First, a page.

St Andrew Square | Edinburgh

St Andrew Square, Edinburgh
Category: The Great Place Award 2011
Date of Visit: 2010

St. Andrew Square is very well managed and extremely popular. It integrates with the surrounding streetscape providing easy access to a range of facilities and is safe and welcoming. There are limitations imposed on opening hours and types of events that can be held in the square, but this sits comfortably with the aim for the square to be a quiet haven and does not restrict use.

The St. Andrew Square project effectively rehabilitates an urban green space which had, despite its prominent location, over preceding generations and as a result of evolving ownership patterns, proved of meagre value as a park, serving merely as a landscaped decorative element to George Street. The space neatly twists the concept of the Edinburgh New Town Garden (a traditionally exclusive arrangement where house or building owners are ‘key holders’ to the private space) as it combines the traditional amenities of the destination urban park – the grass, the trees, the pond, the café – with a convenient public route along practical desire lines.

Edinburgh New Town is a restrained environment – quiet, functional elegance over showy, frivolous spectacle – and in this respect the project displays a clear understanding of its context. The square forms the eastern anchor at the eastern end of George Street and projects local distinctiveness by employing simple geometric forms and drawing upon a retrained palette of materials. The planners and designers have combined characteristic Edinburgh elements and materials such as granite sets and paving, black painted railings, with more contemporary materials, features and details, such as stainless steel inlays, chunky granite seating blocks, inlaid lighting. Together these create an exceptionally well conceived and executed space which is evidently well used and appreciated year round.

St. Andrew Square has been designed as a quiet contemplative space with covenants which restrict the use of certain activities. It is closed from 8pm but opens early morning for the breakfast trade, attracting people of all ages throughout the day. The surrounding retail and commercial uses which predominantly occupy the surrounding buildings forming the square result in low passive surveillance during the evenings.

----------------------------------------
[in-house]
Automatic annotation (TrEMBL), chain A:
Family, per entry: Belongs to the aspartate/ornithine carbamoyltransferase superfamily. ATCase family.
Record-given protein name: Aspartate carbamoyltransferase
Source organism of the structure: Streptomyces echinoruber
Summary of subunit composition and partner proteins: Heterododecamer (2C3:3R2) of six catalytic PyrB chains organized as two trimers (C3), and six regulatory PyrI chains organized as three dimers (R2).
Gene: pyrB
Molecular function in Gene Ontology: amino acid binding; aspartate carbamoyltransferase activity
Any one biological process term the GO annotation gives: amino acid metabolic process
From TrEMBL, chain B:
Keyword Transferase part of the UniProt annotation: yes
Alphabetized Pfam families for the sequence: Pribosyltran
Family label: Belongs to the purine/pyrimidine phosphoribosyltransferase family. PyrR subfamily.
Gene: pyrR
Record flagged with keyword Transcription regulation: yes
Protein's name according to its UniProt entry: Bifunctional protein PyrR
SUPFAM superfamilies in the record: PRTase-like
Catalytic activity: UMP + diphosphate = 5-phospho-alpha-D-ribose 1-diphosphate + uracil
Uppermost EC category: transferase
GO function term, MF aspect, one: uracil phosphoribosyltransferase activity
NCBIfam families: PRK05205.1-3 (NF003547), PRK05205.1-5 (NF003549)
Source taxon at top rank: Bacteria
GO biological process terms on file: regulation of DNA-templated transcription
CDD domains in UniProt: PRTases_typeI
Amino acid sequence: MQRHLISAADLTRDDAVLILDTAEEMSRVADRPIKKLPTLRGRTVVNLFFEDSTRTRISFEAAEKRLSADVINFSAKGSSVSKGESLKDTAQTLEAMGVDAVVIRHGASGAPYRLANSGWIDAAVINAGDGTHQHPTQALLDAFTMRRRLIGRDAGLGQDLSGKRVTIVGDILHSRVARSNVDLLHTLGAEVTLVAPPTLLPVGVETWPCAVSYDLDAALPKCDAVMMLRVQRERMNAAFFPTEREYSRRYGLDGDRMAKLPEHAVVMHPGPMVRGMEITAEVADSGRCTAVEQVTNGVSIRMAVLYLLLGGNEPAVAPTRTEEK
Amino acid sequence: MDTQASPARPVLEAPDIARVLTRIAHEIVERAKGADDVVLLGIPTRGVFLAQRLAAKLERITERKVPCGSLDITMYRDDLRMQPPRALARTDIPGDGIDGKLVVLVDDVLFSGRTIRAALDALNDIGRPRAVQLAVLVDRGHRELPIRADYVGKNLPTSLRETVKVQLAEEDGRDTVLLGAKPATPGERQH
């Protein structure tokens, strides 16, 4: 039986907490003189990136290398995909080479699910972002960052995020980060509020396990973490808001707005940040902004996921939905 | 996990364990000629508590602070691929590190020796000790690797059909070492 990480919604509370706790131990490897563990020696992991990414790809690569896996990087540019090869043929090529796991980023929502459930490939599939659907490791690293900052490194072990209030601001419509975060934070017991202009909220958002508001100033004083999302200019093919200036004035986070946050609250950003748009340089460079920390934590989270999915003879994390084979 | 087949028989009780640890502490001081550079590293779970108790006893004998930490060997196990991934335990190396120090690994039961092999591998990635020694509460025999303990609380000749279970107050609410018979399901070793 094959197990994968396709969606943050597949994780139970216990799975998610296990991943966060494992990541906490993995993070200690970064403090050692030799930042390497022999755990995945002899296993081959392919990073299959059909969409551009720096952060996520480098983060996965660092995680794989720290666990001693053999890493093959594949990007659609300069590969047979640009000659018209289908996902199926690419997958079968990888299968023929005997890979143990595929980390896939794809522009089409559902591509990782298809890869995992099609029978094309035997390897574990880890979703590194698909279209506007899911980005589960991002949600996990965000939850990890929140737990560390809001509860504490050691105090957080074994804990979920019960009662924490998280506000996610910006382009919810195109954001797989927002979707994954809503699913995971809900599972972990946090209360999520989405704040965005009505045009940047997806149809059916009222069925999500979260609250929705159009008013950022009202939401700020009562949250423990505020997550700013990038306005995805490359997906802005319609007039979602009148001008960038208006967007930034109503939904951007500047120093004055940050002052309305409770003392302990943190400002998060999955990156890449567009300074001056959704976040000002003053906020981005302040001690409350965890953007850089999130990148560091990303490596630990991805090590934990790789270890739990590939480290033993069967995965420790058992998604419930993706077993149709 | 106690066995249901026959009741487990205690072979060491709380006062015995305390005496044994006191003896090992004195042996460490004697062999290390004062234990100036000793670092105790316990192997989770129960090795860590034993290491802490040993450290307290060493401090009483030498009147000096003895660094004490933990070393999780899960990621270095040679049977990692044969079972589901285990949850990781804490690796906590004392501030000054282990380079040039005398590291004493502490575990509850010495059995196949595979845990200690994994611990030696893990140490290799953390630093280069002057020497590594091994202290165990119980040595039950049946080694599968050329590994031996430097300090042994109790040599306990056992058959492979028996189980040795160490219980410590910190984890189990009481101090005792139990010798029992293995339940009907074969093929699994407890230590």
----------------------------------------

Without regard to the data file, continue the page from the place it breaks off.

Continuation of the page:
St. Andrew Square is a successful vibrant space with a successful Café that also supports the maintenance of the square. The design on a simple axis between Princes Street and Multrees Walk creates a strong link between two retail attractors, strengthening the offer of both. The project contributes to sustainability in terms of adaptation and reuse of a previously underused historic space. It contributes to social cohesion by providing a public meeting space. Importantly, the project is financially sustainable, as the income from the lease of the new café in the gardens finances maintenance of the gardens.

The design of the square supports and capitalises on both the existing diverse range of uses nearby and the established movement patterns in the surrounding area.

As an exemplar for place-based learning, the nomination may be assessed on two levels. Firstly the process: the square is the first of its kind in Edinburgh in that a private square with access limited to the surrounding keyholders has been transformed into a public park, involving challenging and lengthy negotiations. It could be used as a model for others in similar situations as the surrounding properties have benefitted from increased trade and raised property values. Secondly the product: the design and function work well overall, with some issues relating to maintenance and servicing. The inclusion of the cafe which provides a valuable source of revenue, is not a new concept, but works well here and has surpassed predicted revenue. The Garden has already been used for a number of major events with learning potential in their own right. These include Poetry in St. Andrew Square and Edinburgh International Science Festival events.